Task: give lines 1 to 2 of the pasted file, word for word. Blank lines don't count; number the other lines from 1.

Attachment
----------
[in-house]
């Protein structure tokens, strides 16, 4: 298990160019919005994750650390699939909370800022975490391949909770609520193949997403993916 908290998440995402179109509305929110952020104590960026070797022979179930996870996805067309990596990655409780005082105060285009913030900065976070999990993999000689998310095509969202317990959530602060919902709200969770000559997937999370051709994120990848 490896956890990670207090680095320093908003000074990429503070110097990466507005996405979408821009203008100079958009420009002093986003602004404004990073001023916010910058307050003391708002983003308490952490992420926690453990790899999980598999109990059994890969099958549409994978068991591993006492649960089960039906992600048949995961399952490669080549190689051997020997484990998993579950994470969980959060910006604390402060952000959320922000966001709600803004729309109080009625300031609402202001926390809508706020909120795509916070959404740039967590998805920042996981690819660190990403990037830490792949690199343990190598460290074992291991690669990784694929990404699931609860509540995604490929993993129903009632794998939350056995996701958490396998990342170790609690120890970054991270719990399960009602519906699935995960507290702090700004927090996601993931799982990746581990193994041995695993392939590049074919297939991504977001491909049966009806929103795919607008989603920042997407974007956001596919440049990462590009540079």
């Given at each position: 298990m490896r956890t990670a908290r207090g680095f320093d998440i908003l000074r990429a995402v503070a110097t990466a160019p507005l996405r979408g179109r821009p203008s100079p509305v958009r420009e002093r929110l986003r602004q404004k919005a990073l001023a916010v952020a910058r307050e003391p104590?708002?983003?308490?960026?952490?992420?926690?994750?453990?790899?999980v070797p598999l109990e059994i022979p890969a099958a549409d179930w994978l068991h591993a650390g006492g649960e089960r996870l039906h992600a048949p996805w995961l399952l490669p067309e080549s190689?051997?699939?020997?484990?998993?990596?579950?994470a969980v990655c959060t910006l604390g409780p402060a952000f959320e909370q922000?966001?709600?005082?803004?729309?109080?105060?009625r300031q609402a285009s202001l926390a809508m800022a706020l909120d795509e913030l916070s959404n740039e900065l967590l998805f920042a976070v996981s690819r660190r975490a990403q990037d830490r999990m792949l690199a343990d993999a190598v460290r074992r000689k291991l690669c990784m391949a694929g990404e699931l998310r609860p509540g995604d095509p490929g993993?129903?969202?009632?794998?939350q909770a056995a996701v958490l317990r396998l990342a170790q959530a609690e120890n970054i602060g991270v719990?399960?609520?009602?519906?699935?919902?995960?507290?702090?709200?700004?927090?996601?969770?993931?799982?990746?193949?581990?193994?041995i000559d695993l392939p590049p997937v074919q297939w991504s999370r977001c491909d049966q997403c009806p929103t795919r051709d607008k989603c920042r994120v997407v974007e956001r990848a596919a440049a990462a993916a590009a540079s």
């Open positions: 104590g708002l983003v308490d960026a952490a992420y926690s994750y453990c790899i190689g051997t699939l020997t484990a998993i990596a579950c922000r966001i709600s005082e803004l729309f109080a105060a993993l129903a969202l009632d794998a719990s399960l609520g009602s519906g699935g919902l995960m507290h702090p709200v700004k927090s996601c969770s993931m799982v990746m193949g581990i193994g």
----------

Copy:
[in-house]
């Protein structure tokens, strides 16, 4: 298990160019919005994750650390699939909370800022975490391949909770609520193949997403993916 908290998440995402179109509305929110952020104590960026070797022979179930996870996805067309990596990655409780005082105060285009913030900065976070999990993999000689998310095509969202317990959530602060919902709200969770000559997937999370051709994120990848 490896956890990670207090680095320093908003000074990429503070110097990466507005996405979408821009203008100079958009420009002093986003602004404004990073001023916010910058307050003391708002983003308490952490992420926690453990790899999980598999109990059994890969099958549409994978068991591993006492649960089960039906992600048949995961399952490669080549190689051997020997484990998993579950994470969980959060910006604390402060952000959320922000966001709600803004729309109080009625300031609402202001926390809508706020909120795509916070959404740039967590998805920042996981690819660190990403990037830490792949690199343990190598460290074992291991690669990784694929990404699931609860509540995604490929993993129903009632794998939350056995996701958490396998990342170790609690120890970054991270719990399960009602519906699935995960507290702090700004927090996601993931799982990746581990193994041995695993392939590049074919297939991504977001491909049966009806929103795919607008989603920042997407974007956001596919440049990462590009540079």